57. Contrarian says:

    “The developer cannot become M$ without a big brother (IBM) helping”

    What about IBM itself? Apple? Intuit? Symantec? CA? Google? All of these sell proprietary software and do not disclose their source for those products. Not all are as big as Microsoft, but they are very large; all are very much larger than Red Hat, too.

    “The typical developer would be hard pressed to develop more than 100 lines of correct code per day.”

    I bet you read that in some very old book! Consider that when the book was written things were much more simple and a line of code did not do very much. With today’s programming systems such as .NET or java, a developer can write what would have been a million lines of code in the 70s in a short time and have it autotested and verified automatically.

    “It is childish to believe the only satisfaction/reward for living is to have sole ownership of something so that the sale of it brings the most money per sale.”

    Open source projects invariably just clone some successful proprietary product, offering much of the same functionality at essentially zero licensing cost. That is useful, but do not lose sight of the fact that new stuff is developed by proprietary companies that risk their capital to obtain some sort of market lead and exclusivity. Microsoft Windows has been in the lead for so long that the followers have pretty much disappeared from view.

  58. For everyone that made a killing in software there are millions who do not. That is an extreme outlier.

  59. When you get MySQL, you get a copy of the GPL. That is the legally binding licence. What Oracle says will not stand up in court. Oracle would be very foolish to sue its users. Also you can get the code from forks if need be.

    My applications were site-specific. My job was teaching. I could have polished the code and distributed it but that is water under the bridge now. I left the code with my former employer, an oversight.

  60. Contrarian says:

    “Where, in the GPL, does it say that? I quoted from the FAQ several examples where that use is OK”

    What the GPL says does not matter. Rather it is what Oracle, the copyright owner, says in their license contract. They say you cannot do that and they would be the ones to file the lawsuit.

    “Perhaps the developers Contrarian knows are suffering from a severe lack of imagination from having lived inside a box too long.”

    Alternately, perhaps you are not thinking in any sort of practical way. You say that you created some simple personal app and did not distribute it, yet you use it as “proof” of your belief in how copyright works. Surely you must see the fallacy in that. For someone so steeped in the sense of “community” you claim for FOSS, why did you not “give back” your innovation to the world?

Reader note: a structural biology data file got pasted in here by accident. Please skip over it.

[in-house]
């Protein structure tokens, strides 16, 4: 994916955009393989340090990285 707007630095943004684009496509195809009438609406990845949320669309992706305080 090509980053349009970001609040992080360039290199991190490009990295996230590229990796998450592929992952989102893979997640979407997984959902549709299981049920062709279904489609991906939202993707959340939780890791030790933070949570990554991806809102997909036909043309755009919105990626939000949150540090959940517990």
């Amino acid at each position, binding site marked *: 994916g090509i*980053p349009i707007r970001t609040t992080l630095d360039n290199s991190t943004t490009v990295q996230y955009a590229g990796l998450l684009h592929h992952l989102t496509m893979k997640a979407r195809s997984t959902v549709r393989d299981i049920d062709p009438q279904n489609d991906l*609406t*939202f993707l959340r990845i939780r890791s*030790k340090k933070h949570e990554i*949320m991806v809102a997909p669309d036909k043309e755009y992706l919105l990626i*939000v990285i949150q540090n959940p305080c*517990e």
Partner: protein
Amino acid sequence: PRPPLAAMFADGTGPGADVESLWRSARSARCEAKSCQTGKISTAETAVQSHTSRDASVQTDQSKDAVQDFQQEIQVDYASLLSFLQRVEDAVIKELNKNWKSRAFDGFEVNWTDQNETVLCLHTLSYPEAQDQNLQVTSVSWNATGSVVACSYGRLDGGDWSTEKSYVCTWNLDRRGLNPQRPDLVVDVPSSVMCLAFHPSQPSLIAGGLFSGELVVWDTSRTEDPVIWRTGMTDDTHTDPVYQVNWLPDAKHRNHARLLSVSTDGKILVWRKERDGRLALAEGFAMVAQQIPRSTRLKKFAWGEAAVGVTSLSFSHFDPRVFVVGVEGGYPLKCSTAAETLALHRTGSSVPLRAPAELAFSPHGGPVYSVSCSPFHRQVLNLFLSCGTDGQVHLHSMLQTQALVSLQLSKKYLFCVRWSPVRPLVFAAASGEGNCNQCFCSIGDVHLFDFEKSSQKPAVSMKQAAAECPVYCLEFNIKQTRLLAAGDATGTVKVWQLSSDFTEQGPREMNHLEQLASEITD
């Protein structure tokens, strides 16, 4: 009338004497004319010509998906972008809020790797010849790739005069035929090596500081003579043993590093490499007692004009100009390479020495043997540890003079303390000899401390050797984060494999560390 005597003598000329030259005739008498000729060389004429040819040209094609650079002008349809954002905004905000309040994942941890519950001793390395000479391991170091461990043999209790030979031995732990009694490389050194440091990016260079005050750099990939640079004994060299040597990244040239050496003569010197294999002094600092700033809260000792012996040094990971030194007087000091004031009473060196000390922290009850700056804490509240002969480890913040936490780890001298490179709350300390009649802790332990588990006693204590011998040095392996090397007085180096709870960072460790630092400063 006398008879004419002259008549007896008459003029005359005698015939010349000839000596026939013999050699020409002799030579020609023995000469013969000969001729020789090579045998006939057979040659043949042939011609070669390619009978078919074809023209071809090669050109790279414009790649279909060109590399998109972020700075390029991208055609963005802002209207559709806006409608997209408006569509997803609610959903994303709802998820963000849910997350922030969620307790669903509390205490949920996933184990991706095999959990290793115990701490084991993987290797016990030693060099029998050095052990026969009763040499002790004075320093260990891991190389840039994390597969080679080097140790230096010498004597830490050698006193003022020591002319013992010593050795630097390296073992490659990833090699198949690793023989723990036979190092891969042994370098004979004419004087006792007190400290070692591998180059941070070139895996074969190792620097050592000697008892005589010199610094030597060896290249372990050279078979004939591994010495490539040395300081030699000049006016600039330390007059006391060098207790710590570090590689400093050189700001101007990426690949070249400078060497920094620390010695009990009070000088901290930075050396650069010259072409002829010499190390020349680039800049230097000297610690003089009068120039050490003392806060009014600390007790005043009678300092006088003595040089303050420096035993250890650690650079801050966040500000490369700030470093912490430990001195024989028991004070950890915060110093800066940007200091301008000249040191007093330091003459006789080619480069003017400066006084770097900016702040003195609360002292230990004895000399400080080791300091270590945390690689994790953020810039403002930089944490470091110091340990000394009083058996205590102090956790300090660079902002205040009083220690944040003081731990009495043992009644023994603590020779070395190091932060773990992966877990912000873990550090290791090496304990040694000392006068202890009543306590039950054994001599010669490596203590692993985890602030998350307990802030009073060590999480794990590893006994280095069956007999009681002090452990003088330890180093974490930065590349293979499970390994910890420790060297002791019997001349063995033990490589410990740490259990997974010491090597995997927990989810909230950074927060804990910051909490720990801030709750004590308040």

61. oldman says:

    “oldman begs the question of why a developer would want to use an inefficient method. ”

    IF the cost is surrendering ones freedom to make a profit on the fruit of ones labors as one sees fit, than the so called inefficiency is worth it. Besides once can always license the libraryies one needs or take advancage of the far richer set of libraries available on either OS X or windows.

    “They can still sell licences for the product. They can still supply services related to the product. All they give up is the privilege of being a monopolist which is illusory.”

    Pog, You may wish to give up your ability to make money, but others choose not to. If they can sell my product at benefit to me and mine, that is their business not yours.

    Besides Pog, I don’t recall that you have anywhere near the business expertise to back your assertions of the illustriousness of hitting it big. Tell that to Dan Bricklin, Steve Wozniak and myriad others who old the fruit of their labors for a handsome profit.

    I think that their example is something to aspire to NOT that of the bitter hippie Richard Stallman.

  62. Modern software is so complex that if a developer wrote everything in a major application he would be very long to get to market, a severe disadvantage. Using FLOSS prevents having to reinvent the wheel and a developer can do the interesting/creative/useful parts and leave the infrastructure to the FLOSS community. If we pass by a human being beating his head against a wall, we suggest that human do something else. That’s not dictating.

    The typical developer would be hard pressed to develop more than 100 lines of correct code per day. A modern application may have 1 million lines of code, 10000 days of coding. By using FLOSS a developer may cut his contribution down to 1000 days and be more productive and finish more projects in his lifetime. FLOSS is a better way to do IT. OTOH, a developer who pays for the use of non-free libraries for his project may get the same advantage but where does he get the days to pay for those libraries? FLOSS is more efficient.

    It is childish to believe the only satisfaction/reward for living is to have sole ownership of something so that the sale of it brings the most money per sale. A house-builder, for instance, could maximize his portion of the sale of houses, if he did everything in-house but they rarely do that. They hire independent contractors to do the various trades because that is the most efficient way to build a house. No builder is likely to have the best expertise in all trades in-house. Specialization is very efficient. FLOSS allows specialization without the cost even of paying directly for those contribution, making it even more efficient than house-building with specialists.